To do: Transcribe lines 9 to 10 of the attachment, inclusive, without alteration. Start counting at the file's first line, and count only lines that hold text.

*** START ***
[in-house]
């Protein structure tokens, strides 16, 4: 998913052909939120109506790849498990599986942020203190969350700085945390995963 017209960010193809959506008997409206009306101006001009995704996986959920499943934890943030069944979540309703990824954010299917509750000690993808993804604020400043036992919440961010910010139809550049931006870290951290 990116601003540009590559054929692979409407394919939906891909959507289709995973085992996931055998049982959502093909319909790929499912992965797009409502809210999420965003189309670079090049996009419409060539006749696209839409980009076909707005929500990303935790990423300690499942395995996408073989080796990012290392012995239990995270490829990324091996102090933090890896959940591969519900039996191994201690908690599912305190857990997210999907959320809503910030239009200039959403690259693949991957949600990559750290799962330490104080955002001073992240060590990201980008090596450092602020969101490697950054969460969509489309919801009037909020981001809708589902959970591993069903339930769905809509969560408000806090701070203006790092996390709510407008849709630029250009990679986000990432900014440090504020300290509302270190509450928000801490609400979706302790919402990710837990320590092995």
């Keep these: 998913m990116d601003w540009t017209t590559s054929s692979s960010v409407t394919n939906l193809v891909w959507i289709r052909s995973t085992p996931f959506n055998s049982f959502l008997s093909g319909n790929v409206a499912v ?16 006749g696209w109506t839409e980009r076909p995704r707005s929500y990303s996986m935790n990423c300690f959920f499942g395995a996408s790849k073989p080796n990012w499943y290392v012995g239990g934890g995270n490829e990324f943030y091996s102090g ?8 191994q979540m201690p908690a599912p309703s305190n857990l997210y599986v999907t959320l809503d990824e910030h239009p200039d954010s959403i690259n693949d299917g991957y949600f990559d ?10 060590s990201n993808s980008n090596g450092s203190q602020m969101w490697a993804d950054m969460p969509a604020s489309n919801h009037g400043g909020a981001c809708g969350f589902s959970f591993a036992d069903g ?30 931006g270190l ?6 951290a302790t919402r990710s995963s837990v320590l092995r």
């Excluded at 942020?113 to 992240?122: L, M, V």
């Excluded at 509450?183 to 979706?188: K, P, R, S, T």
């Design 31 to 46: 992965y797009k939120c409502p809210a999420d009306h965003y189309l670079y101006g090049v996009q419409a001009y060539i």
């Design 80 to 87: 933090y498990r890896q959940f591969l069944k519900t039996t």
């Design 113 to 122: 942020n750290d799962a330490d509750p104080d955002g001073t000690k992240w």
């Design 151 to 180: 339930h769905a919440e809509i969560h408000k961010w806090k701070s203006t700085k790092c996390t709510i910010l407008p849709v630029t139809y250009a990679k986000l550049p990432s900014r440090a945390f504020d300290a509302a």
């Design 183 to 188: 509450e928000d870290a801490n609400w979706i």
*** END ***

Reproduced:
């Design 151 to 180: 339930h769905a919440e809509i969560h408000k961010w806090k701070s203006t700085k790092c996390t709510i910010l407008p849709v630029t139809y250009a990679k986000l550049p990432s900014r440090a945390f504020d300290a509302a």
């Design 183 to 188: 509450e928000d870290a801490n609400w979706i």